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bdemon

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  1. I suffered in music retail for a year and learned there's always some sort of deal to be found. Not greedy crap...I had to deal with guys offering me $500 "cash" for an Fender American Strat going for $999 (great way to get myself fired and get the store dropped by the manufacturer) or guys trying to get me to price match some sort of junker website reselling refurbished garbage with no warranty (can't match that with NEW product). Or guys not reading MI's fine print about all those discounts, which pretty much exclude every major manufacturer, and they still expect me to give them the discount MI won't even honor. But if you can find the best price from an authorized dealer you can usually bring that to the table of whoever you're dealing with. I have a guy come in for NI's Maschine, wanting it for $200 off. Told him he was high if he expected that price, then he said MI had dropped it to that earlier in the week...sure enough I confirmed it and he left happy. And if you've got an authorized dealer discounting some inventory that's been sitting it's worth finding out if your local store has the same problem.
  2. Yeah, so many options you gotta bring your guitar to a store for samples. That green Line 6 monstrosity is arguably the most flexible, since it models all the famous pedals, though $250 is a little pricey for some. I like the Flashback (and always sold them out when I worked retail) because it's around a hundred bucks less and has many of the same settings, along with that nifty Toneprint thing. Or if you want to blow minds for the long term you could round up five hundred bucks for the Strymon Timeline!
  3. Heck no...avoid nursery rhymes like the plague! But something like The Simpsons or Star Wars, even a pop culture standard like Another One Bites the Dust or Superfreak. Might cross into a little cheese, but it puts a smile on their face playing it.
  4. In my experience (16 years teaching in MUSIC STORES where most parents & students look for lessons) ) going for the simplest melodies is the best way to start. I'd usually start with Star Wars, James Bond theme, something familiar along those lines. The Beatles, one of their simpler tunes. The fewer strings the better. Then from there you could expand to open chords, power chords if you've got rock kids in the class. That's lead to the best student retention and enthusiasm. IMO, busting out the theory too fast is a major turn off to the young ones...as much as we know they need it!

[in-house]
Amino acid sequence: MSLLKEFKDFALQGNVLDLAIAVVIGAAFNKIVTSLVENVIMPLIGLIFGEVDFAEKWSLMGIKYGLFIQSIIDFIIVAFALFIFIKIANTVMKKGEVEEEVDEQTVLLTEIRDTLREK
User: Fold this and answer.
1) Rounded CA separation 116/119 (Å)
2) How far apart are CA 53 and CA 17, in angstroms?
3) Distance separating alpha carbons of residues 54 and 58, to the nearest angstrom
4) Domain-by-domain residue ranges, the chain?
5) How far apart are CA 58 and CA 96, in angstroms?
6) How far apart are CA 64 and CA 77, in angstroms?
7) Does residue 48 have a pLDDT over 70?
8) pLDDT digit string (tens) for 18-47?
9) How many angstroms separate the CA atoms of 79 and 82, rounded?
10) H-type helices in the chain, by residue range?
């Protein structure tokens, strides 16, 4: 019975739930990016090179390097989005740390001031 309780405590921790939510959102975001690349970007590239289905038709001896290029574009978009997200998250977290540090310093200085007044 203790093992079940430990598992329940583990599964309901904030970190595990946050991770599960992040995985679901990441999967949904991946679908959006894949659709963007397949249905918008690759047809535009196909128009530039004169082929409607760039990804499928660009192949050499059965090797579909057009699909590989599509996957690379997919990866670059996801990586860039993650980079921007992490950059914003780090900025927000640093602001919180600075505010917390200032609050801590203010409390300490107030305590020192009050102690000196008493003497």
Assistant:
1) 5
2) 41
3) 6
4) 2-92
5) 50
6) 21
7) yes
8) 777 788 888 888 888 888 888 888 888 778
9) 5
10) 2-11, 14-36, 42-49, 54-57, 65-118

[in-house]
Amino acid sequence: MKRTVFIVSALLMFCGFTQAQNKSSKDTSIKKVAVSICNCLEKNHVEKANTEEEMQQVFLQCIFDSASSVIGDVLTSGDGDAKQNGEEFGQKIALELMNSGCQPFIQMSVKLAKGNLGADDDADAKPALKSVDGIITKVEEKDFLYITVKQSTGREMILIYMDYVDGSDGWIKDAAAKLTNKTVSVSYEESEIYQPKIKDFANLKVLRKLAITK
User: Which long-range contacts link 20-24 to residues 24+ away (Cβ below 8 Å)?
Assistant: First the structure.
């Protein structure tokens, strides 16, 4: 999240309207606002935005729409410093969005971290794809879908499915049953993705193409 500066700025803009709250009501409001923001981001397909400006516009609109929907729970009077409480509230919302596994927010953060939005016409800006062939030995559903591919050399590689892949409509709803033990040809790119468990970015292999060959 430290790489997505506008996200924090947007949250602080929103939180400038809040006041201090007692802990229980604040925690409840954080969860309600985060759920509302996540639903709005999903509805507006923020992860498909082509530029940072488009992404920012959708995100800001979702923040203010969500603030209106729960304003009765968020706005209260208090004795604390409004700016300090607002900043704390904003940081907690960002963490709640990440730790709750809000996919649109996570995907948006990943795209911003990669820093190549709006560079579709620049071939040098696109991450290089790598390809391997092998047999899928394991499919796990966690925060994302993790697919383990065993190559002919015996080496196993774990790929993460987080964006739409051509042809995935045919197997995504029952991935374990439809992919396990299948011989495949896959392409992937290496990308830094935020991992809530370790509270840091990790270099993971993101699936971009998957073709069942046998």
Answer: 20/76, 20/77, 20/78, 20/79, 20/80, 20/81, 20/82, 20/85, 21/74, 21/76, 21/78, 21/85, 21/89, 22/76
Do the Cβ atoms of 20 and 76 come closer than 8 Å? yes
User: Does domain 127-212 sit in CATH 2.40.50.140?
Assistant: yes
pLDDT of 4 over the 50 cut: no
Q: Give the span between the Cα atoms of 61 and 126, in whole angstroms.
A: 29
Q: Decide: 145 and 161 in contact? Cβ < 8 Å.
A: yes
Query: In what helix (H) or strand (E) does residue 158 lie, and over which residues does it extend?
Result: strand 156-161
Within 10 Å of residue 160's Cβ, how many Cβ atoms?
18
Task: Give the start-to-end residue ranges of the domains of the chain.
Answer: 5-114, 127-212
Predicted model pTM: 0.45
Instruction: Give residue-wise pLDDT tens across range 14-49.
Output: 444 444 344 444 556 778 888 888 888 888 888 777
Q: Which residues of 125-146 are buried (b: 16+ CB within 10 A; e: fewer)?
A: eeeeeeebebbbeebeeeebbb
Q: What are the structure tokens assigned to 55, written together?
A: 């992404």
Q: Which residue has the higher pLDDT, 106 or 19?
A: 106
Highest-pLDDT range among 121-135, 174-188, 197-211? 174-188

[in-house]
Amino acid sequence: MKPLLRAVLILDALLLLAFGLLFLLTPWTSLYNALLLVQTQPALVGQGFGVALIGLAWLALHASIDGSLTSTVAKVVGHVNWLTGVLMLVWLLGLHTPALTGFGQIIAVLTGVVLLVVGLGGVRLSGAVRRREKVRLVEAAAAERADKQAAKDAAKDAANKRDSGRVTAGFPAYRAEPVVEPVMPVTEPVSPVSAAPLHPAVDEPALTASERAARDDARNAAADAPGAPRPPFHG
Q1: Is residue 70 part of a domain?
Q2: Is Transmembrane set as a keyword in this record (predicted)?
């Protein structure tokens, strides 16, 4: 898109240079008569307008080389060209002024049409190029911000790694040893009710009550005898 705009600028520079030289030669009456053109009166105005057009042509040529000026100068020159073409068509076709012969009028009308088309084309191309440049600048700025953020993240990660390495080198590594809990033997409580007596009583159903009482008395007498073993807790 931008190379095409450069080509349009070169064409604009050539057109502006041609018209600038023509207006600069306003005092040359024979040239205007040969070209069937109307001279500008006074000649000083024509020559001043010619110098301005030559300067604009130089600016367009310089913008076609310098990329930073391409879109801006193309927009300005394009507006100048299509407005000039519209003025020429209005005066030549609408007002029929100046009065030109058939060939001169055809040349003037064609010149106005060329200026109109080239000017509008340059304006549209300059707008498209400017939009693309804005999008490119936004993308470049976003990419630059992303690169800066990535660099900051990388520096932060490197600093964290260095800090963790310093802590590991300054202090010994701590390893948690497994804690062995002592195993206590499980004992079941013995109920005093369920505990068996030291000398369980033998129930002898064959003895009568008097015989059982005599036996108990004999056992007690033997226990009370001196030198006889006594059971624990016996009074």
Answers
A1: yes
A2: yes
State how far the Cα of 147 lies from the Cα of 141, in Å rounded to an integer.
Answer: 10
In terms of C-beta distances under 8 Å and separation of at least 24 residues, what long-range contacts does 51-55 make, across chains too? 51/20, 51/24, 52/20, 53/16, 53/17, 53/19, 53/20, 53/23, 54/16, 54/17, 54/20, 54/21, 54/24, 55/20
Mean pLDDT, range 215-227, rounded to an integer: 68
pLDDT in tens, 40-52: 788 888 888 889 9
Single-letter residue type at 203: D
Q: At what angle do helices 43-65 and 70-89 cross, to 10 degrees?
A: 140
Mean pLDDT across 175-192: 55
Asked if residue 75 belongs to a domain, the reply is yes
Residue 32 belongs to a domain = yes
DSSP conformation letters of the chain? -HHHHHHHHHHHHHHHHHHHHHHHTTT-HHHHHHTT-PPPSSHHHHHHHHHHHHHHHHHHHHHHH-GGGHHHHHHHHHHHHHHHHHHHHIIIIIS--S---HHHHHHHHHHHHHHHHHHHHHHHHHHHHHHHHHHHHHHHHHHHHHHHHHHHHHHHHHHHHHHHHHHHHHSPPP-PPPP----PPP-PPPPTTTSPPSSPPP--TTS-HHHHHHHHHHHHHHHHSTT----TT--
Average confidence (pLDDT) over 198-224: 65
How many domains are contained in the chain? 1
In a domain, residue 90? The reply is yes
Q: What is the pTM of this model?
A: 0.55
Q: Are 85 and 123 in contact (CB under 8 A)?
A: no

5. Met Reeves Gabrels at NAMM once...I loved his work on Outside and Earthling. He got some crazy sounds out of his guitar! Big on the Fernandez Sustainer pickup, he told me. The only example off the top of my head.
  6. All quality advice. I'll add Troy Stetina's Rhythms for Metal Guitar...or some title like that. Good stuff, probably not as thorough as the other methods, but being guitar based the examples are cool
  7. My first fuzz was a Zvex Fuzz Factory. Don't be like me. It is a good pedal for sure but it's just way too temperamental and wayward to be used as your one and only fuzz box. True...but it's so darn COOL that you gotta at least try it out!
  8. Do you guys actually plug the guitar into the iPad? What adapter did you purchase for that? This new gadget from Alesis is a cool candidate for the job.
  9. I made myself a badass reggae station on Pandora a few years back, seeded it with all the classic names I could find--not just Bob Marley! It's friggin' sweet...vintage tunes as well as new stuff. Keith's Pandora Reggae Station.
  10. honestly bro your best bet would be to listen to some high quality black metal. I'm not talking about the Donald-Duck-Being-Violated crap, I'm talking about old school Immortal, Dissection, Sacramentum, Abigor, Drudkh, Enslaved, Old Man's Child etc. Not hip to the bands, but agree with the advice...the best teachers are your favorite bands! Troy Stetina's books are still among the best I've seen for learning metal rhythm and lead. A bit dated in places, but think of it as learning metal history!
  11. No matter where you are you gotta deal with some sort of Nature-influenced disaster. So you read the tip sheet and hope for the best.
  12. A quality teacher is the first place to go...totally. Lots of good materials. Any books or videos (not to mention music) by Joe Pass will make your head hurt. I also like the Jazz Guitar series of books by Jody Fisher, published by Alfred.
  13. I work at Bananas At Large and the popularity among customers has leaned towards the OCD...at least, among the customers and staff I've discussed it with. Haven't checked out the Freekish yet.
  14. I just sold one to a kid from Guam yesterday, so I ran it through the paces...I think it's fantastic. It basically models a bunch of other classic delay pedals and does it really well. Some people don't think "really well" cuts it; they want perfect. That's cool...try out a bunch of pedals and find the perfect one for your sound. But having looping, tape delay, ping pong, reverse, etc., all in one box is pretty freakin' cool.
  15. Yeah, very subjective, but I've always suspected a good (or at least memorable) melody is easy to whistle or hum. Can't whistle an obnoxious sweep or two hand tapping solo! Then again, maybe there's some kid on Youtube whistling Eruption.
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